By George Hope
Two UK Greenhouse Gas Removal research programmes convened a first-of-its-kind event in London to bring together the burgeoning Greenhouse Gas Removal (GGR) community earlier this month. Researchers, policymakers and industry representatives met to present and discuss various approaches to removing greenhouse gases from the atmosphere, and how they could contribute to the UK reaching net zero emissions by 2050.
The two-day flagship event showcased the latest GGR research and innovation, highlighting its role in effective, sustainable and equitable climate action. Day one was coordinated by the Greenhouse Gas Removal Research Programme (GGR-A), which is wrapping up its research after four years, and day two by the new Greenhouse Gas Removal Demonstrators Programme (GGR-D), which is coordinated by CO2RE.
Below are just a few of the key takeaways. You can also watch the full collection of event videos.
1. We need Greenhouse Gas Removal and drastic emissions reductions, not one or the other
It was at the time of the Paris Agreement, said Professor Gideon Henderson, Chief Scientific Advisor at the Department for Environment, Food and Rural Affairs, that it was “formally part of the discussion that we were going to have to do significant removal of carbon from the atmosphere as well as cut our emissions, if we were going to reach the net zero target.”
A key point here, which was repeated in many of the panel discussions and keynote speeches, is that Greenhouse Gas Removal is necessary, but not instead of huge emissions reductions.
“GGR is hard and expensive,” Prof Henderson continued, “and we cannot afford to see it as a surrogate to compensate for continued emissions in sectors that can be decarbonised. It’s not an excuse not to decarbonise – we must drive down emissions anyway.”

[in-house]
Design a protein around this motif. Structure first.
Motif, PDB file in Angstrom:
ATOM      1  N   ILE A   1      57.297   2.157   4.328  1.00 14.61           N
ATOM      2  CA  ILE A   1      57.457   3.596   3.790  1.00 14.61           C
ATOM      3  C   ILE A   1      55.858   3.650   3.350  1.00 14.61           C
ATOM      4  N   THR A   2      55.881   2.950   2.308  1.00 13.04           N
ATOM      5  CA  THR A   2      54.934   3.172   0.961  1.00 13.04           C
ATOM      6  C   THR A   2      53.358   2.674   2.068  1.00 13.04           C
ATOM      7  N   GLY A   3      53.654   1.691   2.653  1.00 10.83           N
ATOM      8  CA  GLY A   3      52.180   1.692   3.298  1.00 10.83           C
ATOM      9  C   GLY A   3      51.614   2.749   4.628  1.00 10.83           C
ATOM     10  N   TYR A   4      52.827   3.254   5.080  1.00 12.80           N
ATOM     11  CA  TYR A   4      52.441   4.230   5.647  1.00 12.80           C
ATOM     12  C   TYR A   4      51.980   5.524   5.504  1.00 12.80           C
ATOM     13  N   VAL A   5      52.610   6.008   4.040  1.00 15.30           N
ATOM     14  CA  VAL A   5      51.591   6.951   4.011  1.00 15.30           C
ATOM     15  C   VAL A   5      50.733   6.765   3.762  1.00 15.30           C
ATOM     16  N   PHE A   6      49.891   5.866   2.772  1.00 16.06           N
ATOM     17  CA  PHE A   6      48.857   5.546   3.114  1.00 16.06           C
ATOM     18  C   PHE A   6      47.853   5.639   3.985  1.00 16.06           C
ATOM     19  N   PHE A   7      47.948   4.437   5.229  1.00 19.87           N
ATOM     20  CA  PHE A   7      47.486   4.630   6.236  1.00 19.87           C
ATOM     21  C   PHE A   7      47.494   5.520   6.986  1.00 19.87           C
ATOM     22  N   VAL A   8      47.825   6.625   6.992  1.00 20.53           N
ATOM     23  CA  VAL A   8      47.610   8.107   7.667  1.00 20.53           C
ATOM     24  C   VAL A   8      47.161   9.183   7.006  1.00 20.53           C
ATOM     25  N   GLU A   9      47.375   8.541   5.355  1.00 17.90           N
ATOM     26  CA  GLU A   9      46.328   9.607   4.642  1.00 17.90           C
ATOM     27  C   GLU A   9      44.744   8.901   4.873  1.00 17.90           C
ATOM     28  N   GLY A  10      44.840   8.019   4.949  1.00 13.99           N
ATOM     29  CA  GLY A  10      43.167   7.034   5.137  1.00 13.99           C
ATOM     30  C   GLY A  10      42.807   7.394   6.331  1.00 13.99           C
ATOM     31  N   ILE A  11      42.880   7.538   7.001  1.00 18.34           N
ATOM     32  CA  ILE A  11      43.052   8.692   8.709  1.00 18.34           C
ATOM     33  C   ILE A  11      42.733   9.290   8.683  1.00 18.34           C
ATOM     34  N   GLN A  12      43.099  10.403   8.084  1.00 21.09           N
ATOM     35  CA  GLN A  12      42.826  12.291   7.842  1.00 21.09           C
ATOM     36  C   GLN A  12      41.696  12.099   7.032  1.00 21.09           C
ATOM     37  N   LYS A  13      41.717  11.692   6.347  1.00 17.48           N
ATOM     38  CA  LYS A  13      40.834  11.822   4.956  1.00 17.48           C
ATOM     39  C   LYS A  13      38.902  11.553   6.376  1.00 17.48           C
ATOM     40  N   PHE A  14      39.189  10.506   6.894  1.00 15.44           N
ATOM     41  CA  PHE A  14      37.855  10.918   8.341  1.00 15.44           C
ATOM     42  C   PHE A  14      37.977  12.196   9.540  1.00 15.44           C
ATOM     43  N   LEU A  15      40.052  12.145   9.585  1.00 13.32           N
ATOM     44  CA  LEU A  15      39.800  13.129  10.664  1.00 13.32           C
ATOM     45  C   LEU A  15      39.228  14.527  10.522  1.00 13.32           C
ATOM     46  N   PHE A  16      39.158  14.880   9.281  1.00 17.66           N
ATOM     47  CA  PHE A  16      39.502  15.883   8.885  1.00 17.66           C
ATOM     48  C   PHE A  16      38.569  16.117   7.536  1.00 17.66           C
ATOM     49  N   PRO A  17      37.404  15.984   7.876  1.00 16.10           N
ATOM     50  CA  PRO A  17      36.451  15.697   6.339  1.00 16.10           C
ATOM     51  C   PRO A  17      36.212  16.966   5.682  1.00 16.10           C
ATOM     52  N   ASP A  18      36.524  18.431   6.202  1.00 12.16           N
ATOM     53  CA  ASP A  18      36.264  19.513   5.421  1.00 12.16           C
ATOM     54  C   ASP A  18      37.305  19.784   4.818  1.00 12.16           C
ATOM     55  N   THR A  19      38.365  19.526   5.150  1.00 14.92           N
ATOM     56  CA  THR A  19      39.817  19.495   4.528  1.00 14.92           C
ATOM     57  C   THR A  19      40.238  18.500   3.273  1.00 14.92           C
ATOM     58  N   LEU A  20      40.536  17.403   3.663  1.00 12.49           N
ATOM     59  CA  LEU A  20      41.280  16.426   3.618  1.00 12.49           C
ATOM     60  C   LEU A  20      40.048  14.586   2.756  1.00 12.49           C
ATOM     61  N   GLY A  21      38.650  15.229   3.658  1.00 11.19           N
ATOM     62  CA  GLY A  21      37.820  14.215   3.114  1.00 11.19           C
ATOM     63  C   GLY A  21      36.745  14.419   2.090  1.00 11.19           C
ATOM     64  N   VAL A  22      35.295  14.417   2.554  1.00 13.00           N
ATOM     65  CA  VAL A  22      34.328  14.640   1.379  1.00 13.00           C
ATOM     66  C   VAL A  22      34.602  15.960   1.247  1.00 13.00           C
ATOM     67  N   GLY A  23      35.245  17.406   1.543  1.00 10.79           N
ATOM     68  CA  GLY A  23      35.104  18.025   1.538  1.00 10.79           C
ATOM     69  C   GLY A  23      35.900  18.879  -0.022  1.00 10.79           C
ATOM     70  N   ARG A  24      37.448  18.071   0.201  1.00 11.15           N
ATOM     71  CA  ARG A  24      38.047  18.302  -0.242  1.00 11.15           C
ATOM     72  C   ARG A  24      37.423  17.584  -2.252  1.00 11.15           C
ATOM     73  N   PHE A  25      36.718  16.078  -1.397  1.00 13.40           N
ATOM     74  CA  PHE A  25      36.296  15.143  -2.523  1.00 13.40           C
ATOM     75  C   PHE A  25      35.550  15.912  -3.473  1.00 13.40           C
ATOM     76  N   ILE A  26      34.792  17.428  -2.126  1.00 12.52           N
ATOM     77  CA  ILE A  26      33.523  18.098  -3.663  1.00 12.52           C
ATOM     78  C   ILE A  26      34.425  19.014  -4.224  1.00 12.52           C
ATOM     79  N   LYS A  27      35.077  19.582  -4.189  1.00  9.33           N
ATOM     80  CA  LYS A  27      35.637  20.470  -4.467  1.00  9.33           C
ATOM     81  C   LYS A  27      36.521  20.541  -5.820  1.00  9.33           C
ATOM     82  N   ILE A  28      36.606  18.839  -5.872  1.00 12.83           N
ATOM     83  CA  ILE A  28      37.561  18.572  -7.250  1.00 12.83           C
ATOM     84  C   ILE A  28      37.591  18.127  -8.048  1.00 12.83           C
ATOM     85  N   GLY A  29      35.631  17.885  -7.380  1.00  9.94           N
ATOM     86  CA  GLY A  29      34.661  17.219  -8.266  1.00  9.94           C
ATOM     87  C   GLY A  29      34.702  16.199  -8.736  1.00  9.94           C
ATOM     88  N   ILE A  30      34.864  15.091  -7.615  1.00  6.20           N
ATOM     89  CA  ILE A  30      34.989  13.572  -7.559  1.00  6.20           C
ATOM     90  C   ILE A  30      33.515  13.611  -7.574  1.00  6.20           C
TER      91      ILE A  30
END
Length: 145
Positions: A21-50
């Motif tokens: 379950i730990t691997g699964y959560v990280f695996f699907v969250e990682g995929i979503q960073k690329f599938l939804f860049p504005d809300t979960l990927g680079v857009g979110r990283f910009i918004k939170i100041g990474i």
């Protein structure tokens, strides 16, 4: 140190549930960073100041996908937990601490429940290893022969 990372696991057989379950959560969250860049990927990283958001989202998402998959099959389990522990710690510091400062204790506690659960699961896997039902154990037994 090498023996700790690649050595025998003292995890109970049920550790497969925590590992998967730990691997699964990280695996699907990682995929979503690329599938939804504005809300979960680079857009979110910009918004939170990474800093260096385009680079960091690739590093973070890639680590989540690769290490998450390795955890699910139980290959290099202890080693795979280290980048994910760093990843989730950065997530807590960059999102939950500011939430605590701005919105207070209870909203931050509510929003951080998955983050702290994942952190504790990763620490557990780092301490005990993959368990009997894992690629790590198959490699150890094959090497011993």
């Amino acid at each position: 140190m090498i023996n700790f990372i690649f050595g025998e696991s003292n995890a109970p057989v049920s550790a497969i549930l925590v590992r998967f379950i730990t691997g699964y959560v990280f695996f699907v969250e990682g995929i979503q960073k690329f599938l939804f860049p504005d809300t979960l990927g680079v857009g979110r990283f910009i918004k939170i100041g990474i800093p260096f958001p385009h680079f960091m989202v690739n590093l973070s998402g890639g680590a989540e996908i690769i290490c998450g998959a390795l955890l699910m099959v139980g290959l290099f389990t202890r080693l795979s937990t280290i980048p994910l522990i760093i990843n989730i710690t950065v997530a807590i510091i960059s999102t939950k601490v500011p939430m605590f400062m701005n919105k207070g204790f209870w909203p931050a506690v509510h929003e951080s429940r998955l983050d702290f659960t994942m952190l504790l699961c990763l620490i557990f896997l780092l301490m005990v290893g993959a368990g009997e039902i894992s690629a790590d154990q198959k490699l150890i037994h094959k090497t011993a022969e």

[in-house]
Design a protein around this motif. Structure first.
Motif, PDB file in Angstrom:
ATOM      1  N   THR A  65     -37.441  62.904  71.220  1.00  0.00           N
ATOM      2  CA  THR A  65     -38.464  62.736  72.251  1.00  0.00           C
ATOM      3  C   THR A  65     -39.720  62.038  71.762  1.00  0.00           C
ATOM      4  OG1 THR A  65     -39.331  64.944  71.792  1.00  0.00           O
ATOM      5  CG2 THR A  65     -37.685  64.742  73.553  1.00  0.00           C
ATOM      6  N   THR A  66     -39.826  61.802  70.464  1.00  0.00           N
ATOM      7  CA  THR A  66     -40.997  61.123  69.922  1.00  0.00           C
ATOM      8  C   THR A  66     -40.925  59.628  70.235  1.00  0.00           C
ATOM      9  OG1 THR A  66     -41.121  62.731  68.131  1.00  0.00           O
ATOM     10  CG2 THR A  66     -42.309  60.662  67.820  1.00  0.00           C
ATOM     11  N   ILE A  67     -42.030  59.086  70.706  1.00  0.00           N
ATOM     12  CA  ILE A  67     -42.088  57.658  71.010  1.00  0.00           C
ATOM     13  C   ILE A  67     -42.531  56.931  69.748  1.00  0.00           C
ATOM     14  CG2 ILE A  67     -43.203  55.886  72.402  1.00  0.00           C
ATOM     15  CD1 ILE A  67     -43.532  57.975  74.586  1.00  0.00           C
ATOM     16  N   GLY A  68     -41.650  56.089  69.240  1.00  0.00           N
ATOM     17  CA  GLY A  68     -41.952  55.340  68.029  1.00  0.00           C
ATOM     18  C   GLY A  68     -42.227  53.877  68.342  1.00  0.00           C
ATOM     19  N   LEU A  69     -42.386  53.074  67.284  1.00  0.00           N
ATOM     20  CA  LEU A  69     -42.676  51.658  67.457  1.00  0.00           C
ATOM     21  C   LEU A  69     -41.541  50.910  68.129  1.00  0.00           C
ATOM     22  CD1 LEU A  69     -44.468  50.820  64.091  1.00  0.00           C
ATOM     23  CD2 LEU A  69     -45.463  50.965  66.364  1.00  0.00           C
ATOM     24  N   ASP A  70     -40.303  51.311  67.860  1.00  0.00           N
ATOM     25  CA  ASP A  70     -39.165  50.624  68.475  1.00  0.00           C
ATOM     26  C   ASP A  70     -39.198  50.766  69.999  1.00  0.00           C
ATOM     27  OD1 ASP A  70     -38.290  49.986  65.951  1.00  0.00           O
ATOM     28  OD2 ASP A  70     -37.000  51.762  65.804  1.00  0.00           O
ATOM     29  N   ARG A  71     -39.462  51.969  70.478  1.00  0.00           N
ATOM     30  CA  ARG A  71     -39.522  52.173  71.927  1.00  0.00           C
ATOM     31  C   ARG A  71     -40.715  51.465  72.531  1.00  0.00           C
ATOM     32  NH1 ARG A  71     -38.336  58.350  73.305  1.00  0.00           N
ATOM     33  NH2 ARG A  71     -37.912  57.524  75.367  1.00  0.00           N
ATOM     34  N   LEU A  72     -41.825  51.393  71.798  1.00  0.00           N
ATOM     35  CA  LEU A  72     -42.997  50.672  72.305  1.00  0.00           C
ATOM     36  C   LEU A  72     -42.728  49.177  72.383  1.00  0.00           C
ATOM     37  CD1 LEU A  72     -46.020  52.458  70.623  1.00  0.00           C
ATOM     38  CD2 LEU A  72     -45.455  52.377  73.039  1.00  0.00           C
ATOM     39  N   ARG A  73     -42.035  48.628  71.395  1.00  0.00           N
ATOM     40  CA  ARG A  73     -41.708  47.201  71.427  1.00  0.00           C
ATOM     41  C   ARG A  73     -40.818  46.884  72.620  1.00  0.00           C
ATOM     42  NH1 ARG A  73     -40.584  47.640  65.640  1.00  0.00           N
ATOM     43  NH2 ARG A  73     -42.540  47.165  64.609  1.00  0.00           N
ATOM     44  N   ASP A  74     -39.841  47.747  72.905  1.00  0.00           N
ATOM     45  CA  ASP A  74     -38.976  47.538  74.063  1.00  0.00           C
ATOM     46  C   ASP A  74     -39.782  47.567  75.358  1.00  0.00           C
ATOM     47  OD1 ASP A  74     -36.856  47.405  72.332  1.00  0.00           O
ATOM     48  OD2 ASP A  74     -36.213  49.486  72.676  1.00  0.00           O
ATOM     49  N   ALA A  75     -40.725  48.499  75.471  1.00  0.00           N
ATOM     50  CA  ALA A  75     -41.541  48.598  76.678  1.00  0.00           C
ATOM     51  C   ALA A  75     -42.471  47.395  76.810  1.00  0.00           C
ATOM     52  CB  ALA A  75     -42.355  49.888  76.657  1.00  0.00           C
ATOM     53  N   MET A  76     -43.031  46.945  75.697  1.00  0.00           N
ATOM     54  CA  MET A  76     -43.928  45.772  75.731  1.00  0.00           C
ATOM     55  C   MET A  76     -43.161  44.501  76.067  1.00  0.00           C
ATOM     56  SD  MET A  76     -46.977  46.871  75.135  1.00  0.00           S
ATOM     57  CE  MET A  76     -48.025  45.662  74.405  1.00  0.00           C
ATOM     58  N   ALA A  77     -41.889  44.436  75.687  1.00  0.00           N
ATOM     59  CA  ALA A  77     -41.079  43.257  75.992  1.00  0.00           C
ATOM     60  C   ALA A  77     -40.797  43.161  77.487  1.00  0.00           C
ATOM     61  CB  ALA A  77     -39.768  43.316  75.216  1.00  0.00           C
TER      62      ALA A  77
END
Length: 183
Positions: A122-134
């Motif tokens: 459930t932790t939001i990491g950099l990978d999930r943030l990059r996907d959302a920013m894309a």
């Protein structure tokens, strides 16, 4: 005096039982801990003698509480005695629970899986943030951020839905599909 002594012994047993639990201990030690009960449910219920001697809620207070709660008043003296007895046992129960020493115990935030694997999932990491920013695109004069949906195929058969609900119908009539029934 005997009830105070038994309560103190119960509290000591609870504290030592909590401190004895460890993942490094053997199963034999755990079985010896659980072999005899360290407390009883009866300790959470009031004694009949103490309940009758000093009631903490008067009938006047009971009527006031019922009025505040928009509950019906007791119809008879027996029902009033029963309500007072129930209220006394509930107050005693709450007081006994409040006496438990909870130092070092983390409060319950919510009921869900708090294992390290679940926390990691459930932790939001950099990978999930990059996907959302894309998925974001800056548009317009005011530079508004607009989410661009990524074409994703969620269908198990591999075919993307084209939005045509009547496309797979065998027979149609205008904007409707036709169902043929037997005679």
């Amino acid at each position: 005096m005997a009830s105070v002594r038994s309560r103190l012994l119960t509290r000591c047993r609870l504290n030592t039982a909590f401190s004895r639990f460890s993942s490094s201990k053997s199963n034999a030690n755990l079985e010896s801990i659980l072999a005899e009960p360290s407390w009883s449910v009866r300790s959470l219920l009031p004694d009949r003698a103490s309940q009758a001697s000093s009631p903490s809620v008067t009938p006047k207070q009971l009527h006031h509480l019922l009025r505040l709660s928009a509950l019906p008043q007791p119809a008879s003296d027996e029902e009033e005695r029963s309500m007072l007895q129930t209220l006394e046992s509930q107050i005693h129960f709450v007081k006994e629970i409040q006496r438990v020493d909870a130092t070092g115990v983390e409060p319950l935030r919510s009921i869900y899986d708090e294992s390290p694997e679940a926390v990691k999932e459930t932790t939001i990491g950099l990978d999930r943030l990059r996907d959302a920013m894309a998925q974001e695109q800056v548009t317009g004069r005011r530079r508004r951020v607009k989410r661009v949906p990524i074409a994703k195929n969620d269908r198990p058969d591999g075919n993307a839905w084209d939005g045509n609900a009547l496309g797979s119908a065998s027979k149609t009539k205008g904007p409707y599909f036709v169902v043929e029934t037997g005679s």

Whilst it has been known for nearly ten years that removals may be necessary to constrain warming to 1.5 to 2 degrees, the latest Working Group Report by the UN’s Intergovernmental Panel on Climate Change (IPCC) has unambiguously stated that Carbon Dioxide Removal (CDR) is “unavoidable if net zero CO2 or GHG emissions are to be achieved”. 
This means that the conversation has shifted from whether we need removals, to which approaches to take forward, how to incentivise them and how to govern them.
2. Scientists are already trialling a range of techniques to remove greenhouse gases from the atmosphere
Both days saw presentations from five demonstrator projects, all trialling innovative GGR and part of the GGR-D Programme alongside CO2RE.
The techniques include:
- understanding the extent and scope of deploying biochar
- exploring amending soils with crushed silicate rocks from waste quarry fines (enhanced rock weathering)
- restoring and enhancing peatlands
- investigating the potential for perennial crops like willow and miscanthus to support BECCS
- addressing knowledge gaps in creating and managing woodlands
This followed on from day one’s presentations of the key findings and high-level outcomes of the outgoing GGR-A Programme. Running from 2017 to 2021, it included 11 projects exploring methods such as afforestation, BECCS and enhanced weathering, plus cross-cutting questions around effects on the land sector and whether GGRs might deter mitigation efforts.
Dr Steve Smith announced that CO2RE will be funding four early-stage GGR ideas that might prove to be promising, including on biochar from bio-organic wastes, methane removal, evolved aquatic microbial communities, and enzyme-enhanced carbon capture and storage in basalt rocks. Find out more about CO2RE’s funding opportunities.
3. High quality monitoring, reporting and verification (MRV) is essential for successful deployment of GGR
A theme that came up across multiple panels and presentations was the need for strong and robust monitoring, reporting and verification (MRV), largely about defining and standardising how you measure Greenhouse Gas Removal and the permanence of the achieved sequestration.